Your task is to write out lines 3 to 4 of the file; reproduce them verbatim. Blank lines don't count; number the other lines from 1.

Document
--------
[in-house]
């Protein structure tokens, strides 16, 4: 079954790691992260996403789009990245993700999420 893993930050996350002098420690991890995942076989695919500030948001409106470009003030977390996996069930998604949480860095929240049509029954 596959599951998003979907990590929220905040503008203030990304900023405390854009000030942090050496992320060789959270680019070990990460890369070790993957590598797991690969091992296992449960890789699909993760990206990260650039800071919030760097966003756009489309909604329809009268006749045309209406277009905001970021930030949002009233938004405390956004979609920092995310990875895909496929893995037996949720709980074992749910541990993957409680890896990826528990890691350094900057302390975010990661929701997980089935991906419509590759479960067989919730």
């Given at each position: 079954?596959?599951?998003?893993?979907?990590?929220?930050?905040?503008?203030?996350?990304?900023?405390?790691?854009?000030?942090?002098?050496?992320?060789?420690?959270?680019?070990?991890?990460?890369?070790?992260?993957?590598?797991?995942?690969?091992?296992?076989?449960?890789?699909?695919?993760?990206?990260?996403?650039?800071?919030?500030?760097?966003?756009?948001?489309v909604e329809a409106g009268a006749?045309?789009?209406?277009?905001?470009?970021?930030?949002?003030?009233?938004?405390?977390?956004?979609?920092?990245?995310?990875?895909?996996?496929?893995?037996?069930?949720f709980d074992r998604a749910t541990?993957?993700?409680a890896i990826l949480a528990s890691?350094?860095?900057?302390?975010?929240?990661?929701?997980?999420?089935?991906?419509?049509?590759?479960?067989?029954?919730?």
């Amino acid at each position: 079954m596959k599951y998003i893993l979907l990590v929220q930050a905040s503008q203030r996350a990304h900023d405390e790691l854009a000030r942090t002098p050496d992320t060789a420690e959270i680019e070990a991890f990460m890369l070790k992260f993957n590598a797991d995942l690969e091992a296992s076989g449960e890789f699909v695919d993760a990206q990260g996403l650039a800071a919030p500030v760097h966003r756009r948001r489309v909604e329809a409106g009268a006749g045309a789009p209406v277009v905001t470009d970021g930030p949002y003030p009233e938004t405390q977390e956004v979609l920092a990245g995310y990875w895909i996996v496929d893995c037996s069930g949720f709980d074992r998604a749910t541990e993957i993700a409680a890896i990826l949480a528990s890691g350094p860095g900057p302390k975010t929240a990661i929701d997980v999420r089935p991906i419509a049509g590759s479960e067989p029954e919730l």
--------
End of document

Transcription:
């Given at each position: 079954?596959?599951?998003?893993?979907?990590?929220?930050?905040?503008?203030?996350?990304?900023?405390?790691?854009?000030?942090?002098?050496?992320?060789?420690?959270?680019?070990?991890?990460?890369?070790?992260?993957?590598?797991?995942?690969?091992?296992?076989?449960?890789?699909?695919?993760?990206?990260?996403?650039?800071?919030?500030?760097?966003?756009?948001?489309v909604e329809a409106g009268a006749?045309?789009?209406?277009?905001?470009?970021?930030?949002?003030?009233?938004?405390?977390?956004?979609?920092?990245?995310?990875?895909?996996?496929?893995?037996?069930?949720f709980d074992r998604a749910t541990?993957?993700?409680a890896i990826l949480a528990s890691?350094?860095?900057?302390?975010?929240?990661?929701?997980?999420?089935?991906?419509?049509?590759?479960?067989?029954?919730?």
């Amino acid at each position: 079954m596959k599951y998003i893993l979907l990590v929220q930050a905040s503008q203030r996350a990304h900023d405390e790691l854009a000030r942090t002098p050496d992320t060789a420690e959270i680019e070990a991890f990460m890369l070790k992260f993957n590598a797991d995942l690969e091992a296992s076989g449960e890789f699909v695919d993760a990206q990260g996403l650039a800071a919030p500030v760097h966003r756009r948001r489309v909604e329809a409106g009268a006749g045309a789009p209406v277009v905001t470009d970021g930030p949002y003030p009233e938004t405390q977390e956004v979609l920092a990245g995310y990875w895909i996996v496929d893995c037996s069930g949720f709980d074992r998604a749910t541990e993957i993700a409680a890896i990826l949480a528990s890691g350094p860095g900057p302390k975010t929240a990661i929701d997980v999420r089935p991906i419509a049509g590759s479960e067989p029954e919730l």